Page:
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The founding of NATO is a prime example. The alliance grew out of postwar fear of the Soviet threat and frustration with the United Nations not living up to expectations. Along with the U.S. and Britain, Canada was an early advocate. As the late diplomat Escott Reid wrote in his memoirs, Ottawa was betting that Canada’s clout in Washington would be amplified as part of a collective defence organization—given that the alternative was settling for junior-partner status in a bilateral military relationship with the U.S.

Even in cases where a strictly two-way deal seems to be working just fine, Canadian policy has preferred more players in the game. When the Canada-U.S. Free Trade Agreement came into force in 1989, Canada’s edge on access to the American market was clear. But when the U.S. began looking at a similar deal with Mexico, Canada scrambled to be at the table, and NAFTA was the result. “We fought very hard to be in NAFTA because we did not want a hub-and-spoke relationship with the United States,” says Queen’s University policy professor Robert Wolfe, an expert on the history of trade deals.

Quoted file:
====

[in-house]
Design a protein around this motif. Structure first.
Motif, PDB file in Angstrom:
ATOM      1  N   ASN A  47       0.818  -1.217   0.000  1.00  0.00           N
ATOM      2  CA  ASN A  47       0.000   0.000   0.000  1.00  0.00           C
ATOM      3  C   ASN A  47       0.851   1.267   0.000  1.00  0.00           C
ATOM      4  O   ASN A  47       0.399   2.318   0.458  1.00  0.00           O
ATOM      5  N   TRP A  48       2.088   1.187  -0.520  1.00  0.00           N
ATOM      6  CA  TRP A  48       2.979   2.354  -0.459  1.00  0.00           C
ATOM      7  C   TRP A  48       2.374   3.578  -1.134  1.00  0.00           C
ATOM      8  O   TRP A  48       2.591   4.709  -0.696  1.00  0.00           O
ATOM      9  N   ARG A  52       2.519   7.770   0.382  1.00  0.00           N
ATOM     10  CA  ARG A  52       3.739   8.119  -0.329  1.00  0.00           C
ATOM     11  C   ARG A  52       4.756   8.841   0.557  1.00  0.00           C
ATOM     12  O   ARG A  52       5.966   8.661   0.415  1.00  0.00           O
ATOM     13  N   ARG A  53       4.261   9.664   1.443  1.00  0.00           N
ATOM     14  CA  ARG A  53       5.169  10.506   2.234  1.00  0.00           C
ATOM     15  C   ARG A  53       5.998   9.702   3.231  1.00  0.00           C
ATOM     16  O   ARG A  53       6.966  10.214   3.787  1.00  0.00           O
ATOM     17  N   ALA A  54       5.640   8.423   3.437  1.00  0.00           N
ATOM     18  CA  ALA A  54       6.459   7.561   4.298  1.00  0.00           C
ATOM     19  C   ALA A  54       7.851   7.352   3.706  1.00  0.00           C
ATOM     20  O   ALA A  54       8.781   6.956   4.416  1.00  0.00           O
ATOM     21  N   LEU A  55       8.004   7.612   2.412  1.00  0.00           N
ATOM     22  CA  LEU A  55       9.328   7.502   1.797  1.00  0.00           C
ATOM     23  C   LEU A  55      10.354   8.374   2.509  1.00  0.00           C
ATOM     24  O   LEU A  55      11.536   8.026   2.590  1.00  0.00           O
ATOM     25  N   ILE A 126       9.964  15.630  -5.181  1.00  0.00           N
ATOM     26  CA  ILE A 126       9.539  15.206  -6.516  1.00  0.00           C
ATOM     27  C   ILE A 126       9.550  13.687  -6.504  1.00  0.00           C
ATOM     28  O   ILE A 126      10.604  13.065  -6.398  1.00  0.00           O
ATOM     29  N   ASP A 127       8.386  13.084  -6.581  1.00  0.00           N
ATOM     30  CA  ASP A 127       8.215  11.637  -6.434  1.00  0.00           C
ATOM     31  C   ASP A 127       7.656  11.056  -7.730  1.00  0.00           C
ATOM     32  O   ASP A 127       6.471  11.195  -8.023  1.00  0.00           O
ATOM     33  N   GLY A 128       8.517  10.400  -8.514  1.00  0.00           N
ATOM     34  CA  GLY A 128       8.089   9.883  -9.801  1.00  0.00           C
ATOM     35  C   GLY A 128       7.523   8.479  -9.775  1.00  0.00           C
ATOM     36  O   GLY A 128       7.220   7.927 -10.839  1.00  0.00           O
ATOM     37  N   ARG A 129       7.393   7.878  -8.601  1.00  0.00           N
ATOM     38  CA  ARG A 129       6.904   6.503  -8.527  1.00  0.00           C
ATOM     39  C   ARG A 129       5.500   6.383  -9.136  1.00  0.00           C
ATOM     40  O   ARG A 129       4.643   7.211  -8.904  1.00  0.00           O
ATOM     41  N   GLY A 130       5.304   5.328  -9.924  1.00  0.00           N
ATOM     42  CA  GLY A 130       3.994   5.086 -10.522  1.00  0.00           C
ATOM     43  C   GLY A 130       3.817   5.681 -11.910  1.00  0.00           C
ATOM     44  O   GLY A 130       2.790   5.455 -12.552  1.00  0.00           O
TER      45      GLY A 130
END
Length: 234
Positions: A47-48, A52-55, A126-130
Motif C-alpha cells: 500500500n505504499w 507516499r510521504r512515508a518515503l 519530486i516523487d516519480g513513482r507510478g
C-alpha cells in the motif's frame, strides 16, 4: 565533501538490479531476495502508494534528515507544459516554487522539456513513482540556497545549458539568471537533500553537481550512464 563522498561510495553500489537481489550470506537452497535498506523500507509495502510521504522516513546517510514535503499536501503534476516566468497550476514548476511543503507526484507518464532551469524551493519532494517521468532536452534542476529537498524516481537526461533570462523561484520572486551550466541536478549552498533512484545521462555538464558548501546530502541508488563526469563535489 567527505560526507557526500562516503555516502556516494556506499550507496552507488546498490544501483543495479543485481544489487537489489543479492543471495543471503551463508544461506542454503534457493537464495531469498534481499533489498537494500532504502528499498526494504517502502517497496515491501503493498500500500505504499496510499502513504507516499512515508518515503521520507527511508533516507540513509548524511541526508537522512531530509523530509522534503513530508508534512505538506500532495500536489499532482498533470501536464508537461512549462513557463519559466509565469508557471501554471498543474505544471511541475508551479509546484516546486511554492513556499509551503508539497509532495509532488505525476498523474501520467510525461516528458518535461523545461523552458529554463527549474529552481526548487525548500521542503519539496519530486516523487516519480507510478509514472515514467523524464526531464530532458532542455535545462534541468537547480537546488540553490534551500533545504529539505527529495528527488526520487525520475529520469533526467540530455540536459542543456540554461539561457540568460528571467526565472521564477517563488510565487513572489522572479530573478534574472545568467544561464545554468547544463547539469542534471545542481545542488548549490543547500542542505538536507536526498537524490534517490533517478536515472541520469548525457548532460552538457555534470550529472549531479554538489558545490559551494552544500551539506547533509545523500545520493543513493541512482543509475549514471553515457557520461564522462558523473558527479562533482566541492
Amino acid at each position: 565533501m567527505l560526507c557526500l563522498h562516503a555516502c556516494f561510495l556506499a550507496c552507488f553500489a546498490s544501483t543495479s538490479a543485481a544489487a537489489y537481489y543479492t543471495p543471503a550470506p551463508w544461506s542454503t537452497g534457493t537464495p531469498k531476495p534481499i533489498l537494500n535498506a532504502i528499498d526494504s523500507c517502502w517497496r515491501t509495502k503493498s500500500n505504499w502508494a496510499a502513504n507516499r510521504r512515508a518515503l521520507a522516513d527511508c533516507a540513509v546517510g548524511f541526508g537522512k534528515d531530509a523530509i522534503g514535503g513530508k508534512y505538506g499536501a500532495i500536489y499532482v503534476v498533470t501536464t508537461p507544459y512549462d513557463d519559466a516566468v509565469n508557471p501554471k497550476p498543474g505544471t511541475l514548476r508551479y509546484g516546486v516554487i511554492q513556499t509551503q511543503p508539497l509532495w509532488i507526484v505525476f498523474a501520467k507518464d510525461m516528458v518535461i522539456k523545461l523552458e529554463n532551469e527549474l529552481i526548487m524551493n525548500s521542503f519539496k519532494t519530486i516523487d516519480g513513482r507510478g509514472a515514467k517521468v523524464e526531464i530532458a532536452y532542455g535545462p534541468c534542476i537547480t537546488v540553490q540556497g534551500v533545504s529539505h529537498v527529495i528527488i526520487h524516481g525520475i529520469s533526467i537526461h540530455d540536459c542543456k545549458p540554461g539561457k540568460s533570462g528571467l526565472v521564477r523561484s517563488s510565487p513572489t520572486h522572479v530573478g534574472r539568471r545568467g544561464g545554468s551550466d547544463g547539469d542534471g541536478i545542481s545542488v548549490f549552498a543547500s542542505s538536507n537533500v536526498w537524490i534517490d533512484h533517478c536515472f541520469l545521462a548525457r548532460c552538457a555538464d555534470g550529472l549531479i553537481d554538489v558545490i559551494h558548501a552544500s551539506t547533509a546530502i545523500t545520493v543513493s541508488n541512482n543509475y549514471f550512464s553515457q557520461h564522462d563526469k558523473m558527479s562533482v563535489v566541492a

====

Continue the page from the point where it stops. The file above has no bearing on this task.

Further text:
The sort of “hub-and-spoke” approach Wolfe warns of might be Trump’s preference. In that scenario, Canada, like every trading nation, would be more vulnerable to the whims of Washington’s protectionists. And that extends out in the post-Trump future. So Wolfe urges the Liberal government to keep investing patiently in the stalled World Trade Organization process, with all its frustrations, in hopes of an eventual breakthrough.